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Andrew Terranova

Andrew Terranova

Andrew Terranova is an electrical engineer, writer and an electronics and robotics hobbyist. He is an active member of the Let's Make Robots community, and handles public relations for the site. Andrew has created and curated robotics exhibits for the Children's Museum of Somerset County, NJ and taught robotics classes for the Kaleidoscope Learning Center in Blairstown, NJ and for a public primary school. Andrew is always looking for ways to engage makers and educators.

Latest from Andrew Terranova

An early version of CastAR augmented/virtual reality glasses.

Jeri Ellsworth talks about what CastAR will do with $15 million in new funding. Read more »

Monster High basket and emblem on front fork.

My 8 year old daughter Anna is now the proud owner of the best bike you can’t buy. That’s because she picked the colors, collaborated on the design, and assisted (a little) with making it. It all started simply enough. Anna had outgrown her last bike, and so we took her... Read more »

Out for a cruise in his solar powered pontoon boat.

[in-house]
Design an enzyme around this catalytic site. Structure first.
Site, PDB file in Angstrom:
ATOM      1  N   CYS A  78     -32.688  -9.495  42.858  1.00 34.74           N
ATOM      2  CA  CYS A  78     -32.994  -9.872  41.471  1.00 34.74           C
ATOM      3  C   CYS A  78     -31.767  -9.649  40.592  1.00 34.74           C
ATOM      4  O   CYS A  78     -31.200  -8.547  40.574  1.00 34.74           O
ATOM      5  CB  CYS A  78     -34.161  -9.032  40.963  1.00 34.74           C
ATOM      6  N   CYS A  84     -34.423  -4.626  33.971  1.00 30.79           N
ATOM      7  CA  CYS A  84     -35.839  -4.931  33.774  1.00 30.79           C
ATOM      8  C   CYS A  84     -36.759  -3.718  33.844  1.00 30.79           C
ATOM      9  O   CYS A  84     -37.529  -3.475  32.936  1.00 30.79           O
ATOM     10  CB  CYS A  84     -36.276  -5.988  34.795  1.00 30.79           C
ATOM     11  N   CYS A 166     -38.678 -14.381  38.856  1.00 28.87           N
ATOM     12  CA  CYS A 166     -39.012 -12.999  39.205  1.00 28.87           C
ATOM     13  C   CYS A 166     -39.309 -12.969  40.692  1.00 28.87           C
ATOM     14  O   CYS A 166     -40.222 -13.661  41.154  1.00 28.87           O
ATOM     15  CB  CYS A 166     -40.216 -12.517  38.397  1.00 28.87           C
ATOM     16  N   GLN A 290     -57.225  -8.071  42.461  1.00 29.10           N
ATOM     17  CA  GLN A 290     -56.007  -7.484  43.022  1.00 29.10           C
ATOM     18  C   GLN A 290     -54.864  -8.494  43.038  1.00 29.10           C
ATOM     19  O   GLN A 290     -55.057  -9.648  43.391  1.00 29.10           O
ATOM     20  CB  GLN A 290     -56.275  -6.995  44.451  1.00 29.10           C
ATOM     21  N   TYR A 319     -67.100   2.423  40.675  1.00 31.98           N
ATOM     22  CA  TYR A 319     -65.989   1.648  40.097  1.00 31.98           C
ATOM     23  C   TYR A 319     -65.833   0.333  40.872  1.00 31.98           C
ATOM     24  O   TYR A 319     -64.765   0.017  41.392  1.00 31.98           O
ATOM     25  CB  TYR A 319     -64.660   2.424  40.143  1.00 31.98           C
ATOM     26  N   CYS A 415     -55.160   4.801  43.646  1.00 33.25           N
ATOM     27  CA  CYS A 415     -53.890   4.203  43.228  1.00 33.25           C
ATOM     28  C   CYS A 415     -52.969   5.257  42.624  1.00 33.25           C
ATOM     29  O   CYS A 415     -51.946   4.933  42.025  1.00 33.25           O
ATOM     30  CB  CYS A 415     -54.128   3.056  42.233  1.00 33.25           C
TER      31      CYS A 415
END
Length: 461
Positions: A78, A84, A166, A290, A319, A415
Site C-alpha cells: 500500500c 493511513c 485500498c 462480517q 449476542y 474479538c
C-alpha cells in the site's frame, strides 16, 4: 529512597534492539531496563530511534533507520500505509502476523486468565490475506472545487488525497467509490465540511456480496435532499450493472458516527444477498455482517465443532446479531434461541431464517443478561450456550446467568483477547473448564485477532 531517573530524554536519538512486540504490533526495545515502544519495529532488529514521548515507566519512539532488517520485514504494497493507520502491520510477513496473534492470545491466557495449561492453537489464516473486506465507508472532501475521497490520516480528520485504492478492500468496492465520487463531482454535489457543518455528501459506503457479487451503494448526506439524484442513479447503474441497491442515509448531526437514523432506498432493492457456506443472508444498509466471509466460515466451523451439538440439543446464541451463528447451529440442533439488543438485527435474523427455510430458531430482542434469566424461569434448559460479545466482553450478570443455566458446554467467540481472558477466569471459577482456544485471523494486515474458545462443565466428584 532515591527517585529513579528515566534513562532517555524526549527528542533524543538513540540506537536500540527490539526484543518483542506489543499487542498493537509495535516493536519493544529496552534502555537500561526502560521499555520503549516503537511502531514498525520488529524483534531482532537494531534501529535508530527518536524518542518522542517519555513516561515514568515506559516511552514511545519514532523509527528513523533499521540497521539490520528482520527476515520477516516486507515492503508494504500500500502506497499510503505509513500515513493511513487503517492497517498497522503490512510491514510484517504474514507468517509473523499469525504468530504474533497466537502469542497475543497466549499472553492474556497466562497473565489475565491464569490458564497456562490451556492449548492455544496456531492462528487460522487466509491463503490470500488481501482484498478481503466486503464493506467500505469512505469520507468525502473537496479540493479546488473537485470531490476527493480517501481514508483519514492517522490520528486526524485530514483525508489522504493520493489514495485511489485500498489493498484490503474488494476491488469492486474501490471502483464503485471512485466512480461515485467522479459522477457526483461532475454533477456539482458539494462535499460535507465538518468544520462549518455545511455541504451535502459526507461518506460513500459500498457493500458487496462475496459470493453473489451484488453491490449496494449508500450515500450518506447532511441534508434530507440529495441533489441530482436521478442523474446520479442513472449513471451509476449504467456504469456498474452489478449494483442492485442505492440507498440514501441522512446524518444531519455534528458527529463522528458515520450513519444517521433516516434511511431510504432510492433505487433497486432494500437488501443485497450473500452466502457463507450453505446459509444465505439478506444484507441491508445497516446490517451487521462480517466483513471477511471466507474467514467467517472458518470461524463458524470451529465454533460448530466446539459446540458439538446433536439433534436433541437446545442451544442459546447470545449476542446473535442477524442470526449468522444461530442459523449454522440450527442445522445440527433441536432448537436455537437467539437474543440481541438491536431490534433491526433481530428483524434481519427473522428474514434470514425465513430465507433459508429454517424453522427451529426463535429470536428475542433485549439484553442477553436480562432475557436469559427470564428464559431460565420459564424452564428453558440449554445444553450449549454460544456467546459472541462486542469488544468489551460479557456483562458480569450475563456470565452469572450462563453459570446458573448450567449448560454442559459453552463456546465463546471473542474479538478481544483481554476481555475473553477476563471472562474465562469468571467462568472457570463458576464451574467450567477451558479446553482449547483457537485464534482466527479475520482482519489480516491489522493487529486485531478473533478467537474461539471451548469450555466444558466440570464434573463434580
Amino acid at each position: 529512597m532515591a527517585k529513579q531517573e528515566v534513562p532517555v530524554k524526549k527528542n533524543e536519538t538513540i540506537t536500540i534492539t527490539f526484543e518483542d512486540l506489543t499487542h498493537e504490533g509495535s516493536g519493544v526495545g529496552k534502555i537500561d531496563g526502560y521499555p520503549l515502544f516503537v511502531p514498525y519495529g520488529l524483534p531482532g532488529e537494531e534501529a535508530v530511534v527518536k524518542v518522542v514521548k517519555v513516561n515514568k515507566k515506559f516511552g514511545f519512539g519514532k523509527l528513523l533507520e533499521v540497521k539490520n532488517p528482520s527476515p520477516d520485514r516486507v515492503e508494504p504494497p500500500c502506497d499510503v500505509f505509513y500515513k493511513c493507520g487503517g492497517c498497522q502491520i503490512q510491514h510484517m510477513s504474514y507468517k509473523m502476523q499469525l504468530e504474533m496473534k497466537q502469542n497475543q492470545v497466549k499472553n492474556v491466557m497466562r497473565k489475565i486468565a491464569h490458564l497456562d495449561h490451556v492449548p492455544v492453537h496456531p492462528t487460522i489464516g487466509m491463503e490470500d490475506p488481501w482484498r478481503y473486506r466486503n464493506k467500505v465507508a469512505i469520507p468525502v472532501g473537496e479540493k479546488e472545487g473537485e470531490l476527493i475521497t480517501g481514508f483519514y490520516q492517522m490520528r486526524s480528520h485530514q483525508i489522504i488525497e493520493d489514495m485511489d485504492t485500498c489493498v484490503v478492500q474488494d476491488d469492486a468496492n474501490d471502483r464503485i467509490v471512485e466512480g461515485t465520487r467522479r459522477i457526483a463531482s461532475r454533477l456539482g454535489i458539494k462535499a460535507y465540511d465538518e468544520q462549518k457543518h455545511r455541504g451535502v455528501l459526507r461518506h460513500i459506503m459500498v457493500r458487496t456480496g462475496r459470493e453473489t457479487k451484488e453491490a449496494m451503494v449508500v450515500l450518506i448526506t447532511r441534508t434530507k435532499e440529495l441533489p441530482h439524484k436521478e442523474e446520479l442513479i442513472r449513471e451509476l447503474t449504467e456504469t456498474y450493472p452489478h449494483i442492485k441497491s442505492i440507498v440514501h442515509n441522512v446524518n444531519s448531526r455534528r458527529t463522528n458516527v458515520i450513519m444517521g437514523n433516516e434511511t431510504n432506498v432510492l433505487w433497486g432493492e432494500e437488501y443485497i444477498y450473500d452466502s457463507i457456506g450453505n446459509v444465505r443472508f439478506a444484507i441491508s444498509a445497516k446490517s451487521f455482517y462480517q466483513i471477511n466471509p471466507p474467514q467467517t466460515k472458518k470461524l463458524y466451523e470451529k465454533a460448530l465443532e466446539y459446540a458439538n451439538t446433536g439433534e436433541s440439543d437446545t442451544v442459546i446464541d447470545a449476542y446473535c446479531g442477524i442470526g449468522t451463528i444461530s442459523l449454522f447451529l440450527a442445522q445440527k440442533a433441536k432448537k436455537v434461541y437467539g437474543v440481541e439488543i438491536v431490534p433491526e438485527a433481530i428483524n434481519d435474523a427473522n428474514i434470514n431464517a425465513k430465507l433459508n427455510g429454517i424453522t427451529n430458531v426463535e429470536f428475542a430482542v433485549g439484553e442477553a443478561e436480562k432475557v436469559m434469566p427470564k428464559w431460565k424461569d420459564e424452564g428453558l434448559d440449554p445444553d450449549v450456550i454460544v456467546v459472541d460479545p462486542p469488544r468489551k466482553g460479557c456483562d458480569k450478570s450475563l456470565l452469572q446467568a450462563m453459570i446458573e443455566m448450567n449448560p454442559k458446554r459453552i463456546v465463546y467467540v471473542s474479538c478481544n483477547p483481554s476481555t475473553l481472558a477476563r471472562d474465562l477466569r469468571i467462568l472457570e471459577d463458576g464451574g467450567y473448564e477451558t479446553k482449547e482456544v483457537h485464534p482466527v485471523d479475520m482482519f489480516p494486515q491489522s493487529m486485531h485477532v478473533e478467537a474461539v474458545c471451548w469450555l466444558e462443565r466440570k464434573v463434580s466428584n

What do you do if you live off the coast of Panama and you need to get the family around? If you’re Jaimie Mantzel, you build yourself a solar powered boat… or three. Mantzel had previously built a 16′ catamaran sailboat with a plywood and fiberglass hull, which he later... Read more »

Even The Hulk sometimes needs a little help... this time from hot glue.

I’ve developed a little trick for using hot glue to rescue a 3D print that is going wonky while it is in progress. Nothing replaces starting with a good model, having the right equipment, and using good practice while printing. Still, this technique has come to the rescue a few... Read more »

Wooden hydraulic arm controlled with DIY linear actuators.

Hydraulic Robots Why would you want to use hydraulics on your robot? It was good enough for the car-sized fighting robots Mark Setrakian designed for Robot Combat League, the show he helped develop for the SyFy network. I’m not suggesting you build a giant robot (although that’d be pretty cool),... Read more »

Scotch Yoke
Image by BRoys [CC BY-SA 2.5 (]

There are lots of types of actuators on robots. You know, the things that make the robot move and allow it to interact physically with the world … grippers, arms, legs, wheels, etc. Unlike wheels or servo-driven arms, linear actuators operate by pushing or pulling along a straight line. There are many... Read more »